The debate on whether to allow tiny houses has finally reached fever pitch in Kentucky. The city of will soon be making a determination on whether to allow granny flats and tiny homes in its neighborhoods. This debate has been ongoing for more than two years, and certainly sentiments may have changed over time as tiny houses gain more acceptance across the state and the country at large. On September 14, Lexington council will hold a meeting to allow public comment and possibly even take its first vote on the matter. The meeting will be held at 5p.m. in the council chambers, and the matter of accessory dwellings will be the only agenda, meaning we might actually see some movement. In October 2019, the Urban County Planning Commission voted unanimously to ammend city zoning ordinances, so as to allow tiny houses. That was in the midst of a lot of push back from residents. After hearing the concerns of the public, the commission made some changes, among them: requiring an owner to live in the home or the accessory dwelling unit, conditional permit required for short-term rentals such as , number of people in an accessory dwelling unit limited to two adults and any related children, and owners have to meet with planning staff prior to building an accessory dwelling unit.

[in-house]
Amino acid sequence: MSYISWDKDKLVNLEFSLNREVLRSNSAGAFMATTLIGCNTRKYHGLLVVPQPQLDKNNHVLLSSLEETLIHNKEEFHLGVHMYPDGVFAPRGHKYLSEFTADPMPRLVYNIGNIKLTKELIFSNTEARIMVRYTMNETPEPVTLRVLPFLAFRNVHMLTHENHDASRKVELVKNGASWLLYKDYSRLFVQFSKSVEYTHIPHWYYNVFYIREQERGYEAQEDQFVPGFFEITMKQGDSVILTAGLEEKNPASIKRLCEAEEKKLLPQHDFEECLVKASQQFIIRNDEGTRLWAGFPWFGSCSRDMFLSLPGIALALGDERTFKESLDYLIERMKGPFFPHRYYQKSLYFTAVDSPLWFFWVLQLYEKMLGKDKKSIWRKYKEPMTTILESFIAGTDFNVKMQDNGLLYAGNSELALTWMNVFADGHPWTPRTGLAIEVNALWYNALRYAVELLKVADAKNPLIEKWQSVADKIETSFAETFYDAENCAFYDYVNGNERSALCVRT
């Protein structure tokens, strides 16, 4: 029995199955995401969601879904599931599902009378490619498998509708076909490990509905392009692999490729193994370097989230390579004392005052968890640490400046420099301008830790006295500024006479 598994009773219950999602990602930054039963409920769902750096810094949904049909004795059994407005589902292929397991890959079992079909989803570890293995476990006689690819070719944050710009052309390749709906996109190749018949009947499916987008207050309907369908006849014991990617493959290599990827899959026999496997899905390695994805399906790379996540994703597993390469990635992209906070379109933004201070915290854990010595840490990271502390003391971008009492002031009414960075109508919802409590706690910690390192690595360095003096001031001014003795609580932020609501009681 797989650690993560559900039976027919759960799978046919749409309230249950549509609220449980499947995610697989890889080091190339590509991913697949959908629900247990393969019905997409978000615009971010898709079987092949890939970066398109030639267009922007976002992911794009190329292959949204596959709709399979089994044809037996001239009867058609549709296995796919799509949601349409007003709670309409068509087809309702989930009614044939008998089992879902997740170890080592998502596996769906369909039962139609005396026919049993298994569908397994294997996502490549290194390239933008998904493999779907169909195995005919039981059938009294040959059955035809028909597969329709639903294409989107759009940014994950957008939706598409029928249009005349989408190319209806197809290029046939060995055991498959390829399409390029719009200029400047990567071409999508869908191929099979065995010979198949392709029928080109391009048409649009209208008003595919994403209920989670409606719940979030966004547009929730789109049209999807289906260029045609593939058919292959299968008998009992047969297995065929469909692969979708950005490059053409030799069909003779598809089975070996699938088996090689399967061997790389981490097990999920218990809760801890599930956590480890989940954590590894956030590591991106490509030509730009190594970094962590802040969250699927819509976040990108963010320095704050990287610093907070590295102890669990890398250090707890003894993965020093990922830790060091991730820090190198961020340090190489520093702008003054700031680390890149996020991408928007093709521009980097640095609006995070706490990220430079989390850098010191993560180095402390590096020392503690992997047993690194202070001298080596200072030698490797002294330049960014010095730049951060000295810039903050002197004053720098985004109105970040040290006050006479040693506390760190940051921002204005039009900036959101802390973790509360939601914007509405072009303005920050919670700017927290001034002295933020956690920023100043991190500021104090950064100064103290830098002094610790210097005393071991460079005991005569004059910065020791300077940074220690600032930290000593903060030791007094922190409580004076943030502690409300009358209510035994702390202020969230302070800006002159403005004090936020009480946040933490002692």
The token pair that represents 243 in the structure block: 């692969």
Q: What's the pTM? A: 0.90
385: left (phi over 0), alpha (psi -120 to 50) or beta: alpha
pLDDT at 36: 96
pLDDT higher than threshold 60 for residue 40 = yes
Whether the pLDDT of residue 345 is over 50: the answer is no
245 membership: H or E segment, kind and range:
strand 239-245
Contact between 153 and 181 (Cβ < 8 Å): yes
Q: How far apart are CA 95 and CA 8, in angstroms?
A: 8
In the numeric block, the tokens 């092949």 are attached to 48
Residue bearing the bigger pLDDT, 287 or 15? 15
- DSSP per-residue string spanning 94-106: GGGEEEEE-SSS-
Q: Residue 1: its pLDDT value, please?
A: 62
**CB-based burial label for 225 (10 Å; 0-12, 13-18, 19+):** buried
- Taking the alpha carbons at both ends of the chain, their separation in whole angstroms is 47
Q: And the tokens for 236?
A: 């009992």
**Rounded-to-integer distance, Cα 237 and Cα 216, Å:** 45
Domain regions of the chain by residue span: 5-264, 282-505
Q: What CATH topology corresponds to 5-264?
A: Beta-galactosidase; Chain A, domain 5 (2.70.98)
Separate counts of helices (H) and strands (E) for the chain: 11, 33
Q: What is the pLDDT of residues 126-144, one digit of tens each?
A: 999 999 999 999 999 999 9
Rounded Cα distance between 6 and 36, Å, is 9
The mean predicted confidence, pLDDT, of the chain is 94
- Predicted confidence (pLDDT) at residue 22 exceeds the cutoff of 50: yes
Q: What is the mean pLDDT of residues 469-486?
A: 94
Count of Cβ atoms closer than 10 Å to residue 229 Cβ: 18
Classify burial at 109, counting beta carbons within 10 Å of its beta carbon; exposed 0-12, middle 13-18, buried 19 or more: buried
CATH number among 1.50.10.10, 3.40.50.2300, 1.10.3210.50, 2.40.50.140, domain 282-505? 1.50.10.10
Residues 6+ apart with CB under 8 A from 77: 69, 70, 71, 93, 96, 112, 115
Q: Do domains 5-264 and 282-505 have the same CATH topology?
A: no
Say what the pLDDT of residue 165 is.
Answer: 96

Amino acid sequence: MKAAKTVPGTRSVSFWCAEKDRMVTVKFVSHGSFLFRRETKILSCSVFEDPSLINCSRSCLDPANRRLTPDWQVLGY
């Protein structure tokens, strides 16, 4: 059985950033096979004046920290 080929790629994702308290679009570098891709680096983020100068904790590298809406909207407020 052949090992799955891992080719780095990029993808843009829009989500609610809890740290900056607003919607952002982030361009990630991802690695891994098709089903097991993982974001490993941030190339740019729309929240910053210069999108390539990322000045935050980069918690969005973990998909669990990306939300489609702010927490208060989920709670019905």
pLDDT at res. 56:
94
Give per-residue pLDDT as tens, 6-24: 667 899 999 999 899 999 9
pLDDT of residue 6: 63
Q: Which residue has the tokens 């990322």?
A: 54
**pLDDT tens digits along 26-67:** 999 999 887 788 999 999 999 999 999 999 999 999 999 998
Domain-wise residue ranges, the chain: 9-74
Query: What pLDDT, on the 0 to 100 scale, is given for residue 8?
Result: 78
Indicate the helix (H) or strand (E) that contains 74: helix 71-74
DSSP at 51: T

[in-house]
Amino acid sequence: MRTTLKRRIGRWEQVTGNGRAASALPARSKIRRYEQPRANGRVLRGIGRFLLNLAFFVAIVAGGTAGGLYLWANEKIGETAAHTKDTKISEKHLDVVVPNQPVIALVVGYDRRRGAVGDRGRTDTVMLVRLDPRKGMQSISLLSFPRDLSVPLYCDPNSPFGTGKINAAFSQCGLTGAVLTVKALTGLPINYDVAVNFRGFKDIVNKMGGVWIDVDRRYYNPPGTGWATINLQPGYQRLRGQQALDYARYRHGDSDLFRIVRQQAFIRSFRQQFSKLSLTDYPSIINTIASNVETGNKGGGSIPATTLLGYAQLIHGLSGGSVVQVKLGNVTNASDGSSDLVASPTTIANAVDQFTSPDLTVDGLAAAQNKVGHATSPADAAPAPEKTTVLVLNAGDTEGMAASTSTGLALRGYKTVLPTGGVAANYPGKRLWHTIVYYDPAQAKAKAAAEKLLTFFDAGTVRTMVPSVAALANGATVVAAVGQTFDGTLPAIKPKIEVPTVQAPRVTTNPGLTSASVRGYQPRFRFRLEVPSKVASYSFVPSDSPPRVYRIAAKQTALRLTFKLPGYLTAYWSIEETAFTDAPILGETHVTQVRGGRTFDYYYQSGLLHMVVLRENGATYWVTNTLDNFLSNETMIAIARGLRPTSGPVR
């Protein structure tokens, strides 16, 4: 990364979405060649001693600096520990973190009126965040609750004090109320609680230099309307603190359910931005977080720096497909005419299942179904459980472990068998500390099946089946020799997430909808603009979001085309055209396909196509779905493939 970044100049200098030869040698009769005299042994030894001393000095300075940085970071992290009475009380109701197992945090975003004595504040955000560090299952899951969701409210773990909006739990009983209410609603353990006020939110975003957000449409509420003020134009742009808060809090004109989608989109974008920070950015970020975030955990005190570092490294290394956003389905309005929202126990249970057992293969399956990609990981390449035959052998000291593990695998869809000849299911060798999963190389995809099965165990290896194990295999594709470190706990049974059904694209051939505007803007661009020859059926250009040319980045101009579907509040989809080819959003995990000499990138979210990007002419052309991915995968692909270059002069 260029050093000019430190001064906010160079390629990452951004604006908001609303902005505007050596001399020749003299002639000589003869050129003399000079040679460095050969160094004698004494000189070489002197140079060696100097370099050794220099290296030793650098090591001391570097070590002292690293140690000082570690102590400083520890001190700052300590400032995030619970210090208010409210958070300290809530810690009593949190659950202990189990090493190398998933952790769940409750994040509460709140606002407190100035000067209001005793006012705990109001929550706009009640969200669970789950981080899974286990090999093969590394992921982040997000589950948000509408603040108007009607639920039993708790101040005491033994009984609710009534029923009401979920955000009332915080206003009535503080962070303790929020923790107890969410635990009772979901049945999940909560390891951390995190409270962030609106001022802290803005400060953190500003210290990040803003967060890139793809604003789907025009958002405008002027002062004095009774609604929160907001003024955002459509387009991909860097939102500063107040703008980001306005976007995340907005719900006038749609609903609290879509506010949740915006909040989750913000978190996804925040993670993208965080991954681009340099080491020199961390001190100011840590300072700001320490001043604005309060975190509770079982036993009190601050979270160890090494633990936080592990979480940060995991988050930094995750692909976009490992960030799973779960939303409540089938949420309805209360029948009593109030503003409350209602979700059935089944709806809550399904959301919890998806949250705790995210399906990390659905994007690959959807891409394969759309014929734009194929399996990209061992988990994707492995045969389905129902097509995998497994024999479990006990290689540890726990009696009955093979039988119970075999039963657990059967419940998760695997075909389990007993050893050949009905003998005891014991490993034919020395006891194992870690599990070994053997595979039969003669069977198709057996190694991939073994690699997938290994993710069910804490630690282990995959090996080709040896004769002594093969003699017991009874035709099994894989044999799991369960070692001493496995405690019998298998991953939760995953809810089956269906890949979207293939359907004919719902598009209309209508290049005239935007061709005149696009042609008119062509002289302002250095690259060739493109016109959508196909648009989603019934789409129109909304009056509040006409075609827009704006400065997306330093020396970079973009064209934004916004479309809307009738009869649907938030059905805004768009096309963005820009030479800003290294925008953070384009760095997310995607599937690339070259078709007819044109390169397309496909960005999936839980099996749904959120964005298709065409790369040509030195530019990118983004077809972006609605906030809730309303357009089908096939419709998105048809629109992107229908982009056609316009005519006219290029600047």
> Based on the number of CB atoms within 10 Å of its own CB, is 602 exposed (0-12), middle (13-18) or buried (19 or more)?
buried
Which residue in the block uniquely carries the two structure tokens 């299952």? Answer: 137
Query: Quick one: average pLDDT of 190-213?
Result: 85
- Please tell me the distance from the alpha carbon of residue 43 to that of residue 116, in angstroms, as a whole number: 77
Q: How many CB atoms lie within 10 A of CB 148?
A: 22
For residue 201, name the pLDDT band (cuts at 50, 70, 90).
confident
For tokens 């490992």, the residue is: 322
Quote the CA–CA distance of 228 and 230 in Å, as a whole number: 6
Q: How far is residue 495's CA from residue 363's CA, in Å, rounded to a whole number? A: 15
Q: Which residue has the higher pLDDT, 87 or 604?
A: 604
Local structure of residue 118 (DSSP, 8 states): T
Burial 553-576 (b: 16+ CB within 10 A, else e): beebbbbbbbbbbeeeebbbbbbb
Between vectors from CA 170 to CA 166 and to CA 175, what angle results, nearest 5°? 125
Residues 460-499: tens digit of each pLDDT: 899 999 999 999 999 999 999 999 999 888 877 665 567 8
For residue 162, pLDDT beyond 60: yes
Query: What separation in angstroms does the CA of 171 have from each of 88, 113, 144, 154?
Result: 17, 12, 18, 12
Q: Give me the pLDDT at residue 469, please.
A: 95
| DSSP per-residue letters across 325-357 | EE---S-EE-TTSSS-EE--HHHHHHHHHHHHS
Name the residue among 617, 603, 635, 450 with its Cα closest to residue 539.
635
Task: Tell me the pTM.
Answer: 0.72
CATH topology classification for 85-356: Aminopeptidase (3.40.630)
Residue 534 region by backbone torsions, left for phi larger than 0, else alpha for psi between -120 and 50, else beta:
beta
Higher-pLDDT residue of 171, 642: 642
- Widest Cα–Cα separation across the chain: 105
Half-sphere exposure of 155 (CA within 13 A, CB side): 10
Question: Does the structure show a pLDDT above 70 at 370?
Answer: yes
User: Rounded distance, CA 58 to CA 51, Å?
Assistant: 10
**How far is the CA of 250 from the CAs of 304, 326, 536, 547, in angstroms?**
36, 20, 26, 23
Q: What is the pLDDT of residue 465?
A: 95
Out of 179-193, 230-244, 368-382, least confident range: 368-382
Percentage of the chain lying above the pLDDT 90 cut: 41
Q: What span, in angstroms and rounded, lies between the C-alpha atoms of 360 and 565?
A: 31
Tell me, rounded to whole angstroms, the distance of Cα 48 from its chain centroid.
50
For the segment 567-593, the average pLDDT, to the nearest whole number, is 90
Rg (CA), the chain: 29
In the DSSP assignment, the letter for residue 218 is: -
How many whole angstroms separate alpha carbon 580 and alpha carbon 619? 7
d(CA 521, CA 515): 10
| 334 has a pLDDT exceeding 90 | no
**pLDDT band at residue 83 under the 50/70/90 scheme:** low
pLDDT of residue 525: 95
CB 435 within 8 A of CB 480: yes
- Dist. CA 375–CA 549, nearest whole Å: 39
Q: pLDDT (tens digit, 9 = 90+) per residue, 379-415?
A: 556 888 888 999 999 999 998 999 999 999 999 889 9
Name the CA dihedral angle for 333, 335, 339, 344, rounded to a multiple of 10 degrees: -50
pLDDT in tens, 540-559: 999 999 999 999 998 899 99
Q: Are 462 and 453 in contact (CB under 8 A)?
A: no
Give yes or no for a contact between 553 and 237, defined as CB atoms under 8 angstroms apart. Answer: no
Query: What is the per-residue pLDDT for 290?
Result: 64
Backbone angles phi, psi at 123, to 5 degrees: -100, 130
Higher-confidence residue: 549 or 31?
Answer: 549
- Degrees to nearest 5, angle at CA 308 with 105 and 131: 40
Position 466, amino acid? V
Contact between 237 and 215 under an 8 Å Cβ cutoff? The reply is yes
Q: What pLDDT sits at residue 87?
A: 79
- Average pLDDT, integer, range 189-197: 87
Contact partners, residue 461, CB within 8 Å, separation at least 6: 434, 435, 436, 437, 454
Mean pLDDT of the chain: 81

While proponents see this as a way to help Lexington’s housing, opponents do not believe the city will be able to oversee and police accessory dwelling units and make sure the program isn’t abused. Among those on-board with the proposal are the city’s senior citizens commission and those in the disability community.,